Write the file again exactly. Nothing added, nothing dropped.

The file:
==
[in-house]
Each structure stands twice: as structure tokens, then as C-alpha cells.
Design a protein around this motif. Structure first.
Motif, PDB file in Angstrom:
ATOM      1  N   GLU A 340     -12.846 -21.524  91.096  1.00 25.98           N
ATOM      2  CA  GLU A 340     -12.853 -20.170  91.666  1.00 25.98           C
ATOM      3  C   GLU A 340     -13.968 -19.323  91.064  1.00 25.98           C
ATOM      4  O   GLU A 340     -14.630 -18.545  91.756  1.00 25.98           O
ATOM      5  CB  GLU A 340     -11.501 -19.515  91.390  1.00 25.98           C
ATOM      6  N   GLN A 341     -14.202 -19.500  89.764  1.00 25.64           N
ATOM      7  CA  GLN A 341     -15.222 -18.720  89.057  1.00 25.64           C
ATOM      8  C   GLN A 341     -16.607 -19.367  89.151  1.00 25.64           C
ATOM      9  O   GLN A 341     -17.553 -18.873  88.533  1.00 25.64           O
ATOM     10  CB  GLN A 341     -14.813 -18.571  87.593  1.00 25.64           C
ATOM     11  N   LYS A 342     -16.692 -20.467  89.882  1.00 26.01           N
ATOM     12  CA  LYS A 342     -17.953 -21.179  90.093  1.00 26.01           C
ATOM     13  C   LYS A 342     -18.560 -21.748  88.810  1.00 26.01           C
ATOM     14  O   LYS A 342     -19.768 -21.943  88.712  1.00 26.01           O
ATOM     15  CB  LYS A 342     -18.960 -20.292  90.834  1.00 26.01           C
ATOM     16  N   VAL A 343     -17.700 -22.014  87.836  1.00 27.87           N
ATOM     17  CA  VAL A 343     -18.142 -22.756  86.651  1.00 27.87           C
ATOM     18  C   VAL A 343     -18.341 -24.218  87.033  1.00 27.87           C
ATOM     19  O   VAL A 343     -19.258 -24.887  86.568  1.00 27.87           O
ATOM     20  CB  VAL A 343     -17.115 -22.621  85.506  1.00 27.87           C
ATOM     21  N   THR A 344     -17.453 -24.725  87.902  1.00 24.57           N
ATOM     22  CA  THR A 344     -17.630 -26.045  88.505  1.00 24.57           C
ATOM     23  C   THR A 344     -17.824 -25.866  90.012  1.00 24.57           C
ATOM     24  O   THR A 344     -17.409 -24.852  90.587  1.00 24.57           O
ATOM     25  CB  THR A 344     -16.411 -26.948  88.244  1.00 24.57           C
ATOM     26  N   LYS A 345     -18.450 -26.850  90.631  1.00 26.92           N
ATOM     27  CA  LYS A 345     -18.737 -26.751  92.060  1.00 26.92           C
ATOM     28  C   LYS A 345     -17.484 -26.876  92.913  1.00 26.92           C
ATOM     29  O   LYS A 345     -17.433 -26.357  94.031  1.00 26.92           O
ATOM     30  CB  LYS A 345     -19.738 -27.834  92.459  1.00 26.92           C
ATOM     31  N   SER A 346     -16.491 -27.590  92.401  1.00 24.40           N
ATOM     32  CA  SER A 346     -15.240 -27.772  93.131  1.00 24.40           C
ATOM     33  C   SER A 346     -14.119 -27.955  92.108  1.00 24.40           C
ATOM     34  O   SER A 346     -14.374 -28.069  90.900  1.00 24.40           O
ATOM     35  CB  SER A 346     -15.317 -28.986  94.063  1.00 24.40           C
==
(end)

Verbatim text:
[in-house]
Each structure stands twice: as structure tokens, then as C-alpha cells.
Design a protein around this motif. Structure first.
Motif, PDB file in Angstrom:
ATOM      1  N   GLU A 340     -12.846 -21.524  91.096  1.00 25.98           N
ATOM      2  CA  GLU A 340     -12.853 -20.170  91.666  1.00 25.98           C
ATOM      3  C   GLU A 340     -13.968 -19.323  91.064  1.00 25.98           C
ATOM      4  O   GLU A 340     -14.630 -18.545  91.756  1.00 25.98           O
ATOM      5  CB  GLU A 340     -11.501 -19.515  91.390  1.00 25.98           C
ATOM      6  N   GLN A 341     -14.202 -19.500  89.764  1.00 25.64           N
ATOM      7  CA  GLN A 341     -15.222 -18.720  89.057  1.00 25.64           C
ATOM      8  C   GLN A 341     -16.607 -19.367  89.151  1.00 25.64           C
ATOM      9  O   GLN A 341     -17.553 -18.873  88.533  1.00 25.64           O
ATOM     10  CB  GLN A 341     -14.813 -18.571  87.593  1.00 25.64           C
ATOM     11  N   LYS A 342     -16.692 -20.467  89.882  1.00 26.01           N
ATOM     12  CA  LYS A 342     -17.953 -21.179  90.093  1.00 26.01           C
ATOM     13  C   LYS A 342     -18.560 -21.748  88.810  1.00 26.01           C
ATOM     14  O   LYS A 342     -19.768 -21.943  88.712  1.00 26.01           O
ATOM     15  CB  LYS A 342     -18.960 -20.292  90.834  1.00 26.01           C
ATOM     16  N   VAL A 343     -17.700 -22.014  87.836  1.00 27.87           N
ATOM     17  CA  VAL A 343     -18.142 -22.756  86.651  1.00 27.87           C
ATOM     18  C   VAL A 343     -18.341 -24.218  87.033  1.00 27.87           C
ATOM     19  O   VAL A 343     -19.258 -24.887  86.568  1.00 27.87           O
ATOM     20  CB  VAL A 343     -17.115 -22.621  85.506  1.00 27.87           C
ATOM     21  N   THR A 344     -17.453 -24.725  87.902  1.00 24.57           N
ATOM     22  CA  THR A 344     -17.630 -26.045  88.505  1.00 24.57           C
ATOM     23  C   THR A 344     -17.824 -25.866  90.012  1.00 24.57           C
ATOM     24  O   THR A 344     -17.409 -24.852  90.587  1.00 24.57           O
ATOM     25  CB  THR A 344     -16.411 -26.948  88.244  1.00 24.57           C
ATOM     26  N   LYS A 345     -18.450 -26.850  90.631  1.00 26.92           N
ATOM     27  CA  LYS A 345     -18.737 -26.751  92.060  1.00 26.92           C
ATOM     28  C   LYS A 345     -17.484 -26.876  92.913  1.00 26.92           C
ATOM     29  O   LYS A 345     -17.433 -26.357  94.031  1.00 26.92           O
ATOM     30  CB  LYS A 345     -19.738 -27.834  92.459  1.00 26.92           C
ATOM     31  N   SER A 346     -16.491 -27.590  92.401  1.00 24.40           N
ATOM     32  CA  SER A 346     -15.240 -27.772  93.131  1.00 24.40           C
ATOM     33  C   SER A 346     -14.119 -27.955  92.108  1.00 24.40           C
ATOM     34  O   SER A 346     -14.374 -28.069  90.900  1.00 24.40           O
ATOM     35  CB  SER A 346     -15.317 -28.986  94.063  1.00 24.40           C